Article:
The next major court ruling came in 1984 in Guerin v. The Queen, which established that the Crown had a fiduciary duty to First Nations. This meant that the Crown was required to act in the best interest of a First Nation. The case concerned the lease of the land for the Shaughnessy Golf and Country Club on Musqueam Indian Band land.
The Musqueam were also at the centre of another monumental Supreme Court of Canada decision in 1990. It concerned the Aboriginal fishing rights of Ron Sparrow. He was arrested for violating federal law restricting Aboriginal people to “food fishing” with small nets. The Musqueam argued that restrictions on their fishing rights, which they had never given up, infringed on their Aboriginal rights under Section 35 of the Constitution Act, 1982.
As a result, the Supreme Court of Canada ruled that only conservation of natural resources could justify an infringement. This case, known as the Sparrow decision, set the stage for the rewriting of fisheries regulations pertaining to Indigenous people.
Court creates tests for Aboriginal rights
Another significant ruling on Aboriginal rights came in 1996 in a case involving Stó:lō First Nation member Dorothy Van der Peet. She had been charged with selling salmon that she had caught under a food-fishing licence. Under the law, this allowed her to use the catch for food and ceremonial purposes.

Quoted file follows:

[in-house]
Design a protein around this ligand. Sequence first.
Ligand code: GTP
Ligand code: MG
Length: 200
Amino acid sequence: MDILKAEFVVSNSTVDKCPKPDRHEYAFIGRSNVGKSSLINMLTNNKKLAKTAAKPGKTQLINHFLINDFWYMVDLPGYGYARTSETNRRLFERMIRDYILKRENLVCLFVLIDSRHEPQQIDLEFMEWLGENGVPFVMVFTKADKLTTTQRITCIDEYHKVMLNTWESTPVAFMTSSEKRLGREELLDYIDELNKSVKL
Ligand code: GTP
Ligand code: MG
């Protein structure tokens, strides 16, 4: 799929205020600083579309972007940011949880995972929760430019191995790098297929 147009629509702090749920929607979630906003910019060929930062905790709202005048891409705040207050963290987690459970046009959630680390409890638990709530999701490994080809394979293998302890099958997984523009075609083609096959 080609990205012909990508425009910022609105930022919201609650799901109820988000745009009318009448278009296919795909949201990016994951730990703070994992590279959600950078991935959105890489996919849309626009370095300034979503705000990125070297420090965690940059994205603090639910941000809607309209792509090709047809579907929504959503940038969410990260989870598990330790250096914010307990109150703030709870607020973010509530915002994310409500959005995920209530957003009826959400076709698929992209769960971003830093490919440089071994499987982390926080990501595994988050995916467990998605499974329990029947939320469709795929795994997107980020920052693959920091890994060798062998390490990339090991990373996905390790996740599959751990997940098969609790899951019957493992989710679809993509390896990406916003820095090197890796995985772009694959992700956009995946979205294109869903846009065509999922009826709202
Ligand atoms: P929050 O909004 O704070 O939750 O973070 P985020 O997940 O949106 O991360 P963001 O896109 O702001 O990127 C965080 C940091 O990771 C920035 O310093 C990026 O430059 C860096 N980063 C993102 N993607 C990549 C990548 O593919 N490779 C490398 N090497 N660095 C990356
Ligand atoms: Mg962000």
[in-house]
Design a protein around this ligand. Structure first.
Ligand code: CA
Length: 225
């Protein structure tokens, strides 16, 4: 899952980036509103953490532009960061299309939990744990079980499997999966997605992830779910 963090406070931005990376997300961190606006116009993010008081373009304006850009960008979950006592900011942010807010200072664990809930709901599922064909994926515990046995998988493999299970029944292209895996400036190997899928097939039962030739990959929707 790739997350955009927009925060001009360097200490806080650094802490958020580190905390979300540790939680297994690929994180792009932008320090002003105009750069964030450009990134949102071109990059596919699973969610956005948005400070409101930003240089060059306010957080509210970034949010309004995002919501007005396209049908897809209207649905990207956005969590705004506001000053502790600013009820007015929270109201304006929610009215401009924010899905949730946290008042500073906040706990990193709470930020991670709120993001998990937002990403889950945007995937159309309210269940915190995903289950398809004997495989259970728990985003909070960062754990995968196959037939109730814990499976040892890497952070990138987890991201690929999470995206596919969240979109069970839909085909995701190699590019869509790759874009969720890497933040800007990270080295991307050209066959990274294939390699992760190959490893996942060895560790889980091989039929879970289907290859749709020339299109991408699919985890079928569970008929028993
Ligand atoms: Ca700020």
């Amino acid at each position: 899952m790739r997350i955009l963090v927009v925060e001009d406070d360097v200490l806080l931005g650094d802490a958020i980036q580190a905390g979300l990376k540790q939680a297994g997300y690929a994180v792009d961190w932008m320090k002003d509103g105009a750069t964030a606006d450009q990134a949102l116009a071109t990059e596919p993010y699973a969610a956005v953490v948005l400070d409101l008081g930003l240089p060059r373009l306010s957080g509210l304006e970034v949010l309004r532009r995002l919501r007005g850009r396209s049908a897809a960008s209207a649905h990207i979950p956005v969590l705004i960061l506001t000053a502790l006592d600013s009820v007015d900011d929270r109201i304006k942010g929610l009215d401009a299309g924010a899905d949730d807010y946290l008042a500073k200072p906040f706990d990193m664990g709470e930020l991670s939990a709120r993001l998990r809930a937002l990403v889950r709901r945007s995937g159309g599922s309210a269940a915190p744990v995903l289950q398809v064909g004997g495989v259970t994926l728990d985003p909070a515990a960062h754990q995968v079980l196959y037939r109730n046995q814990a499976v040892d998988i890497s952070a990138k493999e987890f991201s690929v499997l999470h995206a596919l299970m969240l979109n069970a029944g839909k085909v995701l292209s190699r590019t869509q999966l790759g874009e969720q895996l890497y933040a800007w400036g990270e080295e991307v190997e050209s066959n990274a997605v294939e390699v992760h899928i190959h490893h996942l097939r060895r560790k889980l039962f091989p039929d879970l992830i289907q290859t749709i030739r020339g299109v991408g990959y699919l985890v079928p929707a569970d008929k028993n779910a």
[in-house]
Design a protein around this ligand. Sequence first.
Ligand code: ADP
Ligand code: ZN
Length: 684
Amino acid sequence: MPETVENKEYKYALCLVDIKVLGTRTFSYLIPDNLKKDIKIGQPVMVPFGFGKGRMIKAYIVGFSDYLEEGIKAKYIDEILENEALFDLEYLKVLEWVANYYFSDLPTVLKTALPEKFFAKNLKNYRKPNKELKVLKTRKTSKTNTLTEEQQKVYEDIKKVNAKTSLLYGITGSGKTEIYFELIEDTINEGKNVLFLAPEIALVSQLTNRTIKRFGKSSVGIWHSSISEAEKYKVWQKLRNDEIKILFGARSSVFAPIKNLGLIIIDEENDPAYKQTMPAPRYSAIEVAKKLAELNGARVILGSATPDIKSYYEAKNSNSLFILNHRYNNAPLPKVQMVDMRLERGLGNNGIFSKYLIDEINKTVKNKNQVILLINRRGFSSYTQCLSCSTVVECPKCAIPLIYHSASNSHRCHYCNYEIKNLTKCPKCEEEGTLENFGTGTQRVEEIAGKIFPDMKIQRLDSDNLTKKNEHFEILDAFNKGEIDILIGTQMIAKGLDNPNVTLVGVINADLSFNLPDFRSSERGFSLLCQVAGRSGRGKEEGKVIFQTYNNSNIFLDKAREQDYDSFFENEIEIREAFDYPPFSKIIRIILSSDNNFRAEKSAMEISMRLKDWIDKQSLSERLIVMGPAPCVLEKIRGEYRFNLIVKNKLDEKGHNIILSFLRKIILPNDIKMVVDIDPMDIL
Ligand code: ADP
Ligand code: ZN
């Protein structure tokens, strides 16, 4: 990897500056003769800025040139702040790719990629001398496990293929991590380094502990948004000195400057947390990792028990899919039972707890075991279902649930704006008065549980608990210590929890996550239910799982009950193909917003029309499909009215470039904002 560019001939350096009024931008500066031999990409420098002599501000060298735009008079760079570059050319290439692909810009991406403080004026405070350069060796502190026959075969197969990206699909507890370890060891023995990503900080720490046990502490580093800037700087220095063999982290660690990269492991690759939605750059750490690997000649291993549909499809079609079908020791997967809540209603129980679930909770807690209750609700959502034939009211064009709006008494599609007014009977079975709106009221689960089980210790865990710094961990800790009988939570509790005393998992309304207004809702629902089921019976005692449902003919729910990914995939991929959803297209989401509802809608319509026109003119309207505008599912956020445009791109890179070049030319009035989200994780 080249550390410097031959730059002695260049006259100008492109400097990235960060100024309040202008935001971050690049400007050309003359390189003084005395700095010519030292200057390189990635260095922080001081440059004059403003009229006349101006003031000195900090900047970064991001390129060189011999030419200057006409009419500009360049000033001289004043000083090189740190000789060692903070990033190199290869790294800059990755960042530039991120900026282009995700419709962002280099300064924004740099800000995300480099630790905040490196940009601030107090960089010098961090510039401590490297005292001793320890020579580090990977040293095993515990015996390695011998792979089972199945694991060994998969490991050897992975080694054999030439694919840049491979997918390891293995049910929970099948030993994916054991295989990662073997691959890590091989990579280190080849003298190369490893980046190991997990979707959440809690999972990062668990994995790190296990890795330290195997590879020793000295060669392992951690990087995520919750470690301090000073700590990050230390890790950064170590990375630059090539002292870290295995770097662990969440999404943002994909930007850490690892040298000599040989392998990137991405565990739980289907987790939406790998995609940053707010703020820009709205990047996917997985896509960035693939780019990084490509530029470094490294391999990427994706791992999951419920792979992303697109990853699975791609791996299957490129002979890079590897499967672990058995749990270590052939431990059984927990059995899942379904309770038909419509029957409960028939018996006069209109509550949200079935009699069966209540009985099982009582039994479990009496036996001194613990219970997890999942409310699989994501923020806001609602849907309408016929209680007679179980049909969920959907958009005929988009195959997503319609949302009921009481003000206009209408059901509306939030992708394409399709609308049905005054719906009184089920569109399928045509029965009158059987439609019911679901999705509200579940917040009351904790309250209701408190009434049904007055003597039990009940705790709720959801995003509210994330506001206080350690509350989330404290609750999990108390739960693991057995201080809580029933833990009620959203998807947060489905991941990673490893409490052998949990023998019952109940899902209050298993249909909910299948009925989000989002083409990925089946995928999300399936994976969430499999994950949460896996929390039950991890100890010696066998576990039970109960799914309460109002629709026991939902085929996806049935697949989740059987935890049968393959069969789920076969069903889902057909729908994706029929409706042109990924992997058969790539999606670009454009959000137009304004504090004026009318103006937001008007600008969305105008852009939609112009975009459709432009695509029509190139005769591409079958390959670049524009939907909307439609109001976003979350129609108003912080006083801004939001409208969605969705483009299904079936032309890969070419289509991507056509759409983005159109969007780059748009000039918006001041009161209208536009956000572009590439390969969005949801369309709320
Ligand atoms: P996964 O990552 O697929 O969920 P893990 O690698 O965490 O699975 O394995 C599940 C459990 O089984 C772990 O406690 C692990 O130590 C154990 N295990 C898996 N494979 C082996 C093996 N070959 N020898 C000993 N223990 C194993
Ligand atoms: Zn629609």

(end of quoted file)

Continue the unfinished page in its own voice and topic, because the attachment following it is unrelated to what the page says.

In the Van der Peet case, the Supreme Court of Canada expanded on the Sparrow ruling to include a test for determining an Aboriginal right under Section 35. The court ruled that governments must take into account the perspective of Aboriginal peoples. Furthermore, these rights must be practices, customs, and traditions that have continuity from prior to contact with European settlers. Plus, claims of Aboriginal rights needed to be adjudicated on a specific rather than a general basis.
Two other decisions, known as Marshall 1 and Marshall II, affirmed hunting, fishing and gathering rights promised to Indigenous peoples under 18th-century treaties.
The courts were slower to define the Aboriginal rights of Métis people. One major case, R. v Powley, concerned the arrest of two men, Steve and Roddy Powell, who had shot a moose without a licence in 1993. The two claimed a constitutionally protected Métis right under Section 35.